Missing Links

Atlantic Productions / revealingthelink.comAnswers in Genesis has posted a preliminary comment on the missing link story. The "missing link" looks a lot like a modern day lemur, save a couple of variations, has opposable thumbs like every other primate alive today, and bears relatively little in common with humans (outside of common mammalian and primate features). In short, it seems to be just another animal, not really anything special.

Let's not forget, however, that there are so many holes in the evolutionary chain connecting people to other primates that to speak of "the missing link" is comical.

That is to say nothing of "the missing link" (*wink*) between the inorganic rocks of the primordial earth and life. As an example, consider this video describing the ATP synthase (A what? A microscopic atomic-powered generator?!?) that is essential for mitochondria to produce the energy for cells to function (HT: James White for the vid):





The idea that a single cell could evolve without a Creator seems preposterous. Furthermore, the idea that a anything living could evolve with fewer parts than they currently have is dubious, as life seems to require all its parts to be fully operational at the time of its creation.

Of course, a spontaneous creation is what the Bible describes.

In short, I'm not worried about sensational stories about "missing links." The concept of evolution seems untenable, and the God of the Bible is the only One who provides satisfaction to the big questions of origins, purpose, sin, and redemption. Thus, I think it's more than reasonable to stick with Scripture and its Gospel: it's a moral obligation.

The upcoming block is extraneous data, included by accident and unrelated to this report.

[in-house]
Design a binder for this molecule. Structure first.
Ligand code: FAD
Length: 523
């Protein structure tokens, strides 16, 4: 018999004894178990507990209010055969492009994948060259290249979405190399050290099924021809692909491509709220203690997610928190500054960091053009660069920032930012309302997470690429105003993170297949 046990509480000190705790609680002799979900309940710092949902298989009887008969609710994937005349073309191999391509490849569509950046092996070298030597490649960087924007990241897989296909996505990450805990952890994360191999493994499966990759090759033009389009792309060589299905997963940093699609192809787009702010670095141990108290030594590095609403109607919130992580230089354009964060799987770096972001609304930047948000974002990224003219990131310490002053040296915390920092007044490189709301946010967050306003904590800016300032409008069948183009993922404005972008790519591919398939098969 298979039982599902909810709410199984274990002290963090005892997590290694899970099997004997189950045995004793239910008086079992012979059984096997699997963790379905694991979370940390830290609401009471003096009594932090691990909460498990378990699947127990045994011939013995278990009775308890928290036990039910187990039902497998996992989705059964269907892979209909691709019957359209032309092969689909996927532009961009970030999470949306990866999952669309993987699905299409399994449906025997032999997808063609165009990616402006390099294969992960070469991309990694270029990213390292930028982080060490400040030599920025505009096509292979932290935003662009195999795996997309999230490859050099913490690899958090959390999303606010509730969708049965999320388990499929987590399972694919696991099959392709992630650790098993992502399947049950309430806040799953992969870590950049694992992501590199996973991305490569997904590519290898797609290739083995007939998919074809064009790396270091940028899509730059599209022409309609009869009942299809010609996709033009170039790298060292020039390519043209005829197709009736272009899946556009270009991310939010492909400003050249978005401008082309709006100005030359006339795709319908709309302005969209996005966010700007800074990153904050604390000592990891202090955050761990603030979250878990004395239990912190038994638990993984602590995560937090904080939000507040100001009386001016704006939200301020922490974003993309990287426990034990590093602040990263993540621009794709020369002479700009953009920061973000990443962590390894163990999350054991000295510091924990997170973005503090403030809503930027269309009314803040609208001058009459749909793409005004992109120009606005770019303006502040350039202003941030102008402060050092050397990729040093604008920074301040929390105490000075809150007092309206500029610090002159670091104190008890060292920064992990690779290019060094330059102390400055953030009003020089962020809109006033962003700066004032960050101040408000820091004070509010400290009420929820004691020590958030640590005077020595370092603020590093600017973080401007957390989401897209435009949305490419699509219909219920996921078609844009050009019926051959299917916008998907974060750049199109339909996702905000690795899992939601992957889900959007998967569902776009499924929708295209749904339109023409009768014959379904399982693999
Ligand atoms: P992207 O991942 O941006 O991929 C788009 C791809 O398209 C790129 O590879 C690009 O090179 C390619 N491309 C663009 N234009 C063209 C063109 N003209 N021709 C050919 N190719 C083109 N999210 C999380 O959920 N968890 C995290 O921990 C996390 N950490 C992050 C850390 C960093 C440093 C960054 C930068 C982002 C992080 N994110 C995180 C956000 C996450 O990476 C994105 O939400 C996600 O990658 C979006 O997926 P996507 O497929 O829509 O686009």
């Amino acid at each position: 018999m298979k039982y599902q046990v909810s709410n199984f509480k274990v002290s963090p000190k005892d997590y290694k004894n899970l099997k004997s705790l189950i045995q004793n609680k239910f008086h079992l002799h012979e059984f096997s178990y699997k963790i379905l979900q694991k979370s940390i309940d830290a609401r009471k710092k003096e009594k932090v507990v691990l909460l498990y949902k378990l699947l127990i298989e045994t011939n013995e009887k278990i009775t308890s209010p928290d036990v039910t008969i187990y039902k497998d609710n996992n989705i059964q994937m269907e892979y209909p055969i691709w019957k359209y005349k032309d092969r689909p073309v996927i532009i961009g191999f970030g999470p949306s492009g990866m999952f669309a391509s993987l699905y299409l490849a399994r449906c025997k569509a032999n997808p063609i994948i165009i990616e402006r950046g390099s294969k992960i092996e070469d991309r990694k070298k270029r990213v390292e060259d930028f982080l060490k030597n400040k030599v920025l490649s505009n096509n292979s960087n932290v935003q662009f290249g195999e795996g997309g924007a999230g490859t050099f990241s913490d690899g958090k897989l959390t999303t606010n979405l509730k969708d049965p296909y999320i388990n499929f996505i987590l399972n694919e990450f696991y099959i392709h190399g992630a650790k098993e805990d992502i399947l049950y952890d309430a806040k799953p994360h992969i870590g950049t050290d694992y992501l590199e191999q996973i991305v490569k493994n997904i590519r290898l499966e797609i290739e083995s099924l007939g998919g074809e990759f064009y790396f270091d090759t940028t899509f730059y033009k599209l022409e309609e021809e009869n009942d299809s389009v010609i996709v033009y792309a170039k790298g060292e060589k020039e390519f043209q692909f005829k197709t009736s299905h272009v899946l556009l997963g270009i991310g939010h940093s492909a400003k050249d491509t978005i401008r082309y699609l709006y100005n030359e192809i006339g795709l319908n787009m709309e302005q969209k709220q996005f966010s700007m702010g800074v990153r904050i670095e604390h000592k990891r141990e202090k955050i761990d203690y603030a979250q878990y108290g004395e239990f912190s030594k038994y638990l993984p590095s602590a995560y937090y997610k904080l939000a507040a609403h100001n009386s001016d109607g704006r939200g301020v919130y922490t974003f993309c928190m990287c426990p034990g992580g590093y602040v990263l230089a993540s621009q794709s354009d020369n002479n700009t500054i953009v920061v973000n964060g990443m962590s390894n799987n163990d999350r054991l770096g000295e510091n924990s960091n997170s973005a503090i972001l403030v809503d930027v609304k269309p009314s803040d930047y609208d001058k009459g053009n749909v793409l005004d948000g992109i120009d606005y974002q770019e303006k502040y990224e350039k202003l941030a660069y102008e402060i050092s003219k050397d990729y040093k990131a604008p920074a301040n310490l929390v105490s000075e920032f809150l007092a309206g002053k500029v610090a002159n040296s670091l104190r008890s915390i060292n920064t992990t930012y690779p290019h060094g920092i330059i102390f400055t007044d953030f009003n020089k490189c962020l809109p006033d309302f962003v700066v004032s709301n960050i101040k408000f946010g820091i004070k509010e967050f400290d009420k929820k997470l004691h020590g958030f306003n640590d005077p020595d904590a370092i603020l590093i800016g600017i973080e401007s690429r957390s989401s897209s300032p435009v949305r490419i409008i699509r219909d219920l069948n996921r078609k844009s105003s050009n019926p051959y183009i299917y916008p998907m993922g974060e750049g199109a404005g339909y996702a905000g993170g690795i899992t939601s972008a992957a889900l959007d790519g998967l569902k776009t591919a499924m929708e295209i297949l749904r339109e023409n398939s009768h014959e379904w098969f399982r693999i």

UPDATE:
AiG has posted a response to a blog comparing Ken Ham's scientific method to Charles Manson's family values.

That's not what's most interesting about the response. What's most interesting is its highlighting of the fact that the original scientific paper does not consider the the fossil to be a missing link, and some non-creationists are not happy with the current media blitz. Thus, AiG issues this concise statement for general dissemination to anyone wondering about the issue:
Nothing about this fossil indicates that it was a human ancestor. Rather, it is a remarkably well-preserved lemur-like creature, looking nothing like an “apeman.” Besides, why would a fossil found 25 years ago suddenly become a media sensation? Only because of a major PR push by the financial backers of a new book and television documentary about the fossil. Yet even the peer reviewers of the scientific paper on the fossil asked that the human origins hype be removed. For a full exposé, visit www.answersingenesis.org/go/ida


UPDATED UPDATE:
Chris Beard posted his response.

So did Robert Crowther of the Discovery Institute.

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